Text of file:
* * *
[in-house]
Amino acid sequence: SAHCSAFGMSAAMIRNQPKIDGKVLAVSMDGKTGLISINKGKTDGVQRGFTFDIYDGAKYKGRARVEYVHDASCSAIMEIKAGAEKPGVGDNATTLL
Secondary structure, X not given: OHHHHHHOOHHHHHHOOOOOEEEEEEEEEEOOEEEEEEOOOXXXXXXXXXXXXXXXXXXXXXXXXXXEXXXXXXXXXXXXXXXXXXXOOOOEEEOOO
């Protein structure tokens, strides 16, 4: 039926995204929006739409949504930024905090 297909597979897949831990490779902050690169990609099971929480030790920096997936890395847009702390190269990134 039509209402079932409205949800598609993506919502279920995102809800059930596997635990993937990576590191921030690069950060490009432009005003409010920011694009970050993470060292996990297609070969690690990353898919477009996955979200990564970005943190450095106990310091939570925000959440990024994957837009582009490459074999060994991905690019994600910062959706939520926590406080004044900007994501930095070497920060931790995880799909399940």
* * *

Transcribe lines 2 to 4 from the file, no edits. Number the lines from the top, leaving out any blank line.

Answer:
Amino acid sequence: SAHCSAFGMSAAMIRNQPKIDGKVLAVSMDGKTGLISINKGKTDGVQRGFTFDIYDGAKYKGRARVEYVHDASCSAIMEIKAGAEKPGVGDNATTLL
Secondary structure, X not given: OHHHHHHOOHHHHHHOOOOOEEEEEEEEEEOOEEEEEEOOOXXXXXXXXXXXXXXXXXXXXXXXXXXEXXXXXXXXXXXXXXXXXXXOOOOEEEOOO
């Protein structure tokens, strides 16, 4: 039926995204929006739409949504930024905090 297909597979897949831990490779902050690169990609099971929480030790920096997936890395847009702390190269990134 039509209402079932409205949800598609993506919502279920995102809800059930596997635990993937990576590191921030690069950060490009432009005003409010920011694009970050993470060292996990297609070969690690990353898919477009996955979200990564970005943190450095106990310091939570925000959440990024994957837009582009490459074999060994991905690019994600910062959706939520926590406080004044900007994501930095070497920060931790995880799909399940």